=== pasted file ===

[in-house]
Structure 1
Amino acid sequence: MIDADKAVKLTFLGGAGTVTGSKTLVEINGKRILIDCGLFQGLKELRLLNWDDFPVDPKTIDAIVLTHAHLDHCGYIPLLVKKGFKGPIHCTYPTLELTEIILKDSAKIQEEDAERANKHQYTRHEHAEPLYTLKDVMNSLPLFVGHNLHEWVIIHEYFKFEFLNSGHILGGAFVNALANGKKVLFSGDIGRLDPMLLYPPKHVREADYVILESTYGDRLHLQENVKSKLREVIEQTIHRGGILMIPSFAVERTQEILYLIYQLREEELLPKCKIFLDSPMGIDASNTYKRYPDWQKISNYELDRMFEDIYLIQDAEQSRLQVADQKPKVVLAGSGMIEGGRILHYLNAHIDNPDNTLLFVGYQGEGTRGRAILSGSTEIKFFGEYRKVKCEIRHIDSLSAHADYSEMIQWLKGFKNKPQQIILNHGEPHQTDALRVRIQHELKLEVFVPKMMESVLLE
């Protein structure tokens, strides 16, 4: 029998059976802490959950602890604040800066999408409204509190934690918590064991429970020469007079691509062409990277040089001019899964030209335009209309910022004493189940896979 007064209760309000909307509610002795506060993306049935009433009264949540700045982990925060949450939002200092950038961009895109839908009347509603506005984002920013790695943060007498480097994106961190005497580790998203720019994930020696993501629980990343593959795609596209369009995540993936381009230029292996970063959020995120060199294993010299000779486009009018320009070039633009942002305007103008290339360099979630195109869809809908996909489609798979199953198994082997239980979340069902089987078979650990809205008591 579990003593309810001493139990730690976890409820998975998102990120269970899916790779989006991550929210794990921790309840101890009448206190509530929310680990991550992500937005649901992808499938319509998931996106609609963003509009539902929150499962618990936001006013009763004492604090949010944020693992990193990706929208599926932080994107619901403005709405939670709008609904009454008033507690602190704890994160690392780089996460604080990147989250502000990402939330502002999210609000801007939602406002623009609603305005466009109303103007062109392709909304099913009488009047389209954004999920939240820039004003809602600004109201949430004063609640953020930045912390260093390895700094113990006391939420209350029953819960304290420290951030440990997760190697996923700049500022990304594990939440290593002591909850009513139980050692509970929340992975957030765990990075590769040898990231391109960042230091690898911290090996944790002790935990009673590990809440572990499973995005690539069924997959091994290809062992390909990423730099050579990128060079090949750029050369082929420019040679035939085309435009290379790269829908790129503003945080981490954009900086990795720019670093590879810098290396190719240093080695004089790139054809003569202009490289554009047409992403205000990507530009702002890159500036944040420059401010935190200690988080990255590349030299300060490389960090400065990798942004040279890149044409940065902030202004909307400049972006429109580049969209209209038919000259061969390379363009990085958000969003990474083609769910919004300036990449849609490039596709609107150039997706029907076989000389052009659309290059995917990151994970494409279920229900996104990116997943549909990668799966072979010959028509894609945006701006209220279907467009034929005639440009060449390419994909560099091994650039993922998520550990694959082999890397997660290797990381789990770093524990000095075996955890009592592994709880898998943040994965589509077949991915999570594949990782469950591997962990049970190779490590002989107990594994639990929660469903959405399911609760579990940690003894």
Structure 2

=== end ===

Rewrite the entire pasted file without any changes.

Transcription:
[in-house]
Structure 1
Amino acid sequence: MIDADKAVKLTFLGGAGTVTGSKTLVEINGKRILIDCGLFQGLKELRLLNWDDFPVDPKTIDAIVLTHAHLDHCGYIPLLVKKGFKGPIHCTYPTLELTEIILKDSAKIQEEDAERANKHQYTRHEHAEPLYTLKDVMNSLPLFVGHNLHEWVIIHEYFKFEFLNSGHILGGAFVNALANGKKVLFSGDIGRLDPMLLYPPKHVREADYVILESTYGDRLHLQENVKSKLREVIEQTIHRGGILMIPSFAVERTQEILYLIYQLREEELLPKCKIFLDSPMGIDASNTYKRYPDWQKISNYELDRMFEDIYLIQDAEQSRLQVADQKPKVVLAGSGMIEGGRILHYLNAHIDNPDNTLLFVGYQGEGTRGRAILSGSTEIKFFGEYRKVKCEIRHIDSLSAHADYSEMIQWLKGFKNKPQQIILNHGEPHQTDALRVRIQHELKLEVFVPKMMESVLLE
């Protein structure tokens, strides 16, 4: 029998059976802490959950602890604040800066999408409204509190934690918590064991429970020469007079691509062409990277040089001019899964030209335009209309910022004493189940896979 007064209760309000909307509610002795506060993306049935009433009264949540700045982990925060949450939002200092950038961009895109839908009347509603506005984002920013790695943060007498480097994106961190005497580790998203720019994930020696993501629980990343593959795609596209369009995540993936381009230029292996970063959020995120060199294993010299000779486009009018320009070039633009942002305007103008290339360099979630195109869809809908996909489609798979199953198994082997239980979340069902089987078979650990809205008591 579990003593309810001493139990730690976890409820998975998102990120269970899916790779989006991550929210794990921790309840101890009448206190509530929310680990991550992500937005649901992808499938319509998931996106609609963003509009539902929150499962618990936001006013009763004492604090949010944020693992990193990706929208599926932080994107619901403005709405939670709008609904009454008033507690602190704890994160690392780089996460604080990147989250502000990402939330502002999210609000801007939602406002623009609603305005466009109303103007062109392709909304099913009488009047389209954004999920939240820039004003809602600004109201949430004063609640953020930045912390260093390895700094113990006391939420209350029953819960304290420290951030440990997760190697996923700049500022990304594990939440290593002591909850009513139980050692509970929340992975957030765990990075590769040898990231391109960042230091690898911290090996944790002790935990009673590990809440572990499973995005690539069924997959091994290809062992390909990423730099050579990128060079090949750029050369082929420019040679035939085309435009290379790269829908790129503003945080981490954009900086990795720019670093590879810098290396190719240093080695004089790139054809003569202009490289554009047409992403205000990507530009702002890159500036944040420059401010935190200690988080990255590349030299300060490389960090400065990798942004040279890149044409940065902030202004909307400049972006429109580049969209209209038919000259061969390379363009990085958000969003990474083609769910919004300036990449849609490039596709609107150039997706029907076989000389052009659309290059995917990151994970494409279920229900996104990116997943549909990668799966072979010959028509894609945006701006209220279907467009034929005639440009060449390419994909560099091994650039993922998520550990694959082999890397997660290797990381789990770093524990000095075996955890009592592994709880898998943040994965589509077949991915999570594949990782469950591997962990049970190779490590002989107990594994639990929660469903959405399911609760579990940690003894």
Structure 2